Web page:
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Roni Avissar and Tatyana Schmidt

the boundary layer. Young (1988) compared the profiles of turbulence statistics obtained from observations and numerical studies in rolling and flat terrain. He found no significant difference between the turbulence structure obtained in a terrain with topographical features on the order of 100 m as compared to a more uniform terrain. Finally, Avissar et al. (1998) used RAMS–LES to simulate the CBL that developed in the First International Satellite Land Surface Climatology Project (ISLSCP

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M. Kanakidou, S. Myriokefalitakis, N. Daskalakis, G. Fanourgakis, A. Nenes, A. R. Baker, K. Tsigaridis, and N. Mihalopoulos

(except for a few locations over the eastern United States, southern India, the Bengal Bay, the Arabian Sea, and southeastern Australia, where significant land-use changes have occurred) and is expected to further increase over densely populated regions ( Fig. 4d ). Large increases have occurred over the heavily industrialized areas of the Northern Hemisphere for all soluble reactive N fractions as depicted in Figs. 4a–c and are projected to occur in the future mainly in Asia ( Figs. 4b–f ), while

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Robert C. Malone, Eric J. Pitcher, Maurice L. Blackmon, Kamal Puri, and William Bourke

possesses a realistic distribution of continents and oceansand realistic, but smoothed, topography. Two simulations with perpetual January and July forcing by climatological sea surface temperatures, sea ice, and insolation were extended to 1200 days, of which the final600 days were used for the results in this study. We find that the stationary waves are well simulated in both seasons in the Northern Hemisphere, wherestrong forcing by orography and !and-sea thermal contrasts exists. However, in the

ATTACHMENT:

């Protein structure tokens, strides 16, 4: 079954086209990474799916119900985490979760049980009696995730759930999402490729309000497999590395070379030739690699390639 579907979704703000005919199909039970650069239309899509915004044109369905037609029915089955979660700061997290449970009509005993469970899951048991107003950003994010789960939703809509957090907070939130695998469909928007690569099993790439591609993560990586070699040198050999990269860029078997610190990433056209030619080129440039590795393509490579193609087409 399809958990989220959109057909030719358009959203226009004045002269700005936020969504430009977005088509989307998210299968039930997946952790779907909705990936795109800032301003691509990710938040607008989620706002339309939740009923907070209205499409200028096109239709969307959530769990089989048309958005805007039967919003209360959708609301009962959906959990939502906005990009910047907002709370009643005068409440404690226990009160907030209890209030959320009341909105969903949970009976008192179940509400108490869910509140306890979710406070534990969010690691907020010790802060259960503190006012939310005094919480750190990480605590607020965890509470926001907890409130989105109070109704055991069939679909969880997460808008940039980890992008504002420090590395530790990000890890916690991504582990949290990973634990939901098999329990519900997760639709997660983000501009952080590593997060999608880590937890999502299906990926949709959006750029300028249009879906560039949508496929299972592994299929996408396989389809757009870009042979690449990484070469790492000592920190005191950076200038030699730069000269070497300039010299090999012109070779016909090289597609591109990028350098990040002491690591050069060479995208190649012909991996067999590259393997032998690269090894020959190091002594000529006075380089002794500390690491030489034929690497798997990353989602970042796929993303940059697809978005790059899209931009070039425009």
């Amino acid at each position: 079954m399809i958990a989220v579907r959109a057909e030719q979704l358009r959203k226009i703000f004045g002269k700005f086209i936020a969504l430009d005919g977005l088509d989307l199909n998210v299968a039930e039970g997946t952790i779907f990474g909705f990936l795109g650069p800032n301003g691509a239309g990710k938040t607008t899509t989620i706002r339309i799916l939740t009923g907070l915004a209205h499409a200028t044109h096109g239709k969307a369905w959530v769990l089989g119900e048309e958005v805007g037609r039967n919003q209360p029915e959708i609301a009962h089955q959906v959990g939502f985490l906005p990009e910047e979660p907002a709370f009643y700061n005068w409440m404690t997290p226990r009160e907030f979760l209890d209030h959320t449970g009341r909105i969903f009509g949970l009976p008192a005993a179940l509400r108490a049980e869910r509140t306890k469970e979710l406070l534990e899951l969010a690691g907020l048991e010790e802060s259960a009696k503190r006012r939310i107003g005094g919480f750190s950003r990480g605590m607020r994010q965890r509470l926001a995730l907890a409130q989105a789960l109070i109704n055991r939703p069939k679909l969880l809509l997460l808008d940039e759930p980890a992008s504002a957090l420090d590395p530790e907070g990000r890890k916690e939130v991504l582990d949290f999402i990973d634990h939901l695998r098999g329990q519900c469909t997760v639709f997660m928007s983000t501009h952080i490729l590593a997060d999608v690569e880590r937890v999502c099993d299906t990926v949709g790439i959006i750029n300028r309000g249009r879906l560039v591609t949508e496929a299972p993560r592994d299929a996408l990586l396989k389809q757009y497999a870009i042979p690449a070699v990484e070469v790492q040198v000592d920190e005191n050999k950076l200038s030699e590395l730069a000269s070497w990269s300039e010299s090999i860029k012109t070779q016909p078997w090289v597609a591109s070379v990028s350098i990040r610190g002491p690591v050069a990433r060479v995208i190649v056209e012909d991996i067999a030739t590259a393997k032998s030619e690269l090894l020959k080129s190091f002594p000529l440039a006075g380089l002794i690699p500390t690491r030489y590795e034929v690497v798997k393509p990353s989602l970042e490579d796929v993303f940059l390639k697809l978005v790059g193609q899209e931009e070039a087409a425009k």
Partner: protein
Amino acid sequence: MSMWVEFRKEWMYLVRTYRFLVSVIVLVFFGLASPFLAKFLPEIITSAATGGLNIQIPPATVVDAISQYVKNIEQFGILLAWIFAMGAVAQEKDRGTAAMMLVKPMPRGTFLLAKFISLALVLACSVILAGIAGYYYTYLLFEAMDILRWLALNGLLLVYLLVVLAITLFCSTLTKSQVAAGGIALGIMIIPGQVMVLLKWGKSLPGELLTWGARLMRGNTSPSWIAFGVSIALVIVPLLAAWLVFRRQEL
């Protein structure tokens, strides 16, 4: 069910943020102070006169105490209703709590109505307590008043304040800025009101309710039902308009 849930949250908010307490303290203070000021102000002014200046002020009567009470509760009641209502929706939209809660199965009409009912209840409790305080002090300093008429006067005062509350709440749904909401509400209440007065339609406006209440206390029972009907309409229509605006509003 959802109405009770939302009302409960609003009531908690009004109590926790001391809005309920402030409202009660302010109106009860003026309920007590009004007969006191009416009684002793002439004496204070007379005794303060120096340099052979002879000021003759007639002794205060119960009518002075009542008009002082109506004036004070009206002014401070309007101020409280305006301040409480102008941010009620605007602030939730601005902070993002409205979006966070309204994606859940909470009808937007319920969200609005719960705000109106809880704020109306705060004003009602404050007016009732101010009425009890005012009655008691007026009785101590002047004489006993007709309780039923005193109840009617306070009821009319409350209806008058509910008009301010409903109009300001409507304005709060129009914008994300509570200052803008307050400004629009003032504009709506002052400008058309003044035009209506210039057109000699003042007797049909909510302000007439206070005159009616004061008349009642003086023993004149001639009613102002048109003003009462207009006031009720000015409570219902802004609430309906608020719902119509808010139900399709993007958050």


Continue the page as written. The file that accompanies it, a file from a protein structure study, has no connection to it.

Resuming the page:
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Yizhak Feliks

scale height of the atmosphere. This allows us to use the Boussinesq incompressible approximation of the equations of motion. We utilize a two-dimensional numerical model of Feliks (1993) to study the sea and land breeze in a vertical cross section perpendicular to the sea shore, where x < 0 is the sea and x > 0 is the land. We did some modification in the numerical schemes particularly in the horizontal advection terms. a. Model equations The horizontal components of the equations of motion

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Yunyan Zhang and Stephen A. Klein

use convective-regime-oriented composites from long-term observations over land to make a systematic assessment of these transition mechanisms. The Atmospheric Radiation Measurement (ARM; Strokes and Schwatz 1994 ; Ackerman and Stokes 2003 ) Climate Research Facility provides the necessary long-term comprehensive measurements at its Southern Great Plains (SGP) site. However, the coexistence of multiple convection regimes at various temporal and spatial scales complicates the analysis of SGP